On the road again…
Unlike the legendary Willie Nelson, I’m not enjoying these road trips very much, and we certainly aren’t going places that we’ve never been. But On the Road Again is our life right now, and will be for awhile longer. (Note: Nathan is using a booster, it’s just not obvious because they are integrated and Sarah Kate is sitting on a thick blanket. Y’know – before someone chastises me… 🙂 )
On Monday night, we made the 250+ mile trek up to Birmingham (again!) for the fourth time in six weeks (and the seventh time since January) for yet another visit to Children’s of Alabama. Thankfully, this time there was no anesthesia required, and even better, Papa (i.e., my dad) is always there waiting for us to arrive.
Sarah Kate’s 4-week post-op appointment was on Tuesday.
We were pretty sure Dr. Doyle was going to choose to remove the casts, but when a doctor tells you he’ll “probably” do something on the next visit, there’s always a chance it won’t happen, so we were cautiously optimistic – about the casts, anyway. He also told us he “might” go ahead with the Botox in her hips (the third and final “piece” of the three-pronged approach recommended in conjunction with Gillette), so we had that to look forward to, as well. Assuming your definition of “look forward to” is a sizable dose of fear and apprehension.
Photos lie. I promise.
Sarah Kate was stressed in advance of the appointment. She wanted the casts off, but she was afraid of the process to actually remove them, and the mere mention of Botox (not the cosmetic kind) makes my brave girl whimper. I’ve never had Botox, but I’ve been told that it’s very painful by others who’ve had it, not just Sarah Kate.
Overall, the visit was a mixed bag.
She did great with the cast removal, though the technician did have a few hiccups by way of a cast saw charging station that had been unplugged by Someone, leaving multiple cast saw batteries with not enough juice to cut. The third time was a charm, though, and he did get them off. Dr. Doyle popped in for a minute while the technician was hunting for a functional saw, then left before he began cutting again, citing his extreme dislike of the sound of a cast saw.
An orthopedic surgeon who hates cast saws?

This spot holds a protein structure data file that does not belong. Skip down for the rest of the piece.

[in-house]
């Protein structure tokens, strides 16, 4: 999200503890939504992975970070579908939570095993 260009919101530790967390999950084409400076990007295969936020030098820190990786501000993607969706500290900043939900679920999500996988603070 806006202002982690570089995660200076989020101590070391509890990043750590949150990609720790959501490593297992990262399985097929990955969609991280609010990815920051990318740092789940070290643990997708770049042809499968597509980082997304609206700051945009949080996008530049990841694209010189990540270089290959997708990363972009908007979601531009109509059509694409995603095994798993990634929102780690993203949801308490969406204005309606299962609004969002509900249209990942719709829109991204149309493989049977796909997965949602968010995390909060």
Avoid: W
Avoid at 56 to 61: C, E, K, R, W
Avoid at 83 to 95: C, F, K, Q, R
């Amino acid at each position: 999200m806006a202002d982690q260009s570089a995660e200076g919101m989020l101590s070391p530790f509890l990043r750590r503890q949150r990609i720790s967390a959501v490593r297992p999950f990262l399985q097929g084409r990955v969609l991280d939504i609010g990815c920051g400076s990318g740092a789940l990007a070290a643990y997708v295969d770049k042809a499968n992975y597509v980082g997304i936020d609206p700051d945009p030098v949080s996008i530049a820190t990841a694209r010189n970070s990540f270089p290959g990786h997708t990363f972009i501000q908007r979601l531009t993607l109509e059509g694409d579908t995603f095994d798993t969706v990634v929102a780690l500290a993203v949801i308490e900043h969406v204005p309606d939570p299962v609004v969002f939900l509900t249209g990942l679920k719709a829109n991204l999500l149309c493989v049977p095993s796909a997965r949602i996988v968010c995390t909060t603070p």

Yes, I did mock him just a tiny bit. I think he was cool with it. 🙂 He gave me a nickel later for correctly guessing that the ancient name of benzoin, an adhesive used with steri-strips, is myrrh. The resident shadowing him guessed incorrectly (HeeHee).
Once the casts were off we finally got to see The Damage, as in what her incisions look like (although we couldn’t really see much, between the big purple marks and the steri-strips). Sarah Kate fretted that her feet looked really skinny, but I reassured that her feet have always been freakishly narrow and that I have photo evidence to prove it. The littlest left piggy nail also got to see the light of day, revealing that I did not, in fact, attempt to paint it while it was in the cast.
The other thing Sarah Kate commented on was that her burn scar from the fall is still there. I’m not quite sure what she expected to happen to it while it was in the cast, but that’s what she said. Time to get back to the Mederma regimen, I guess, and add four new battle marks to the list.
Next we saw our longtime PT friend, Lisa.
Lisa isn’t Sarah Kate’s regular PT, for obvious reasons, but she has worked with Sarah Kate on and off for over eight years. She was in charge of Sarah Kate’s care post-rhizotomy in 2006, and has been tapped to lead the charge again this time. She showed us some simple exercises and stretches to do for the next couple of weeks until she can get back on her feet.
For the most part, things have gone well and Sarah Kate’s in good shape, but we do have one issue that’s a little bit concerning.
Pressure sores on the backs of both heels.
We knew they were there two weeks ago when her casts were changed, and we’ve done what we could to keep pressure off of them, but the casts were touching them all the time, and there’s only so much that can be done when she’s sleeping and not conscious of how she’s laying in the bed. It’s also possible that the car accident exacerbated the problem a little bit.
They don’t appear to be anything to worry about, but they do complicate things because we have to be aware of them all the time and we have to throw every tool in our arsenal at them so they’ll be healed up two weeks from now when we go back for an initial “get her back up on her feet” rehab session and for Botox. She’ll need to wear shoes for rehab, and she can’t wear shoes if her feet aren’t healed. 🙁
Don’t tell the doctor, but I’m trying an unorthodox remedy on her heels: Preparation H.
My dad has used it on his horses for years to reduce swelling and encourage cell turnover for their wounds, and it’s a human medicine, so why not? It’s not an open, oozing wound – more like a severe chafe – so though it may not help, I don’t think it can hurt. (Note: YMMV. I am not advising you to try it.)
We arrived home Tuesday night around 8:30 and Mr. Andi and I spent about an hour trying to figure out what we could use to keep her heels off the bed that would stay with her no matter how she moved during the night. Mr. Andi’s brilliant solution? Stuffed animals!
On the right leg, a teddy bear wrapped in Ace bandage; on the left, a tiger about to be wrapped in Ace bandage. Worked like a charm! After a bit of digging in her room on Thursday, I found another bear that’s a better fit so the tiger has been retired.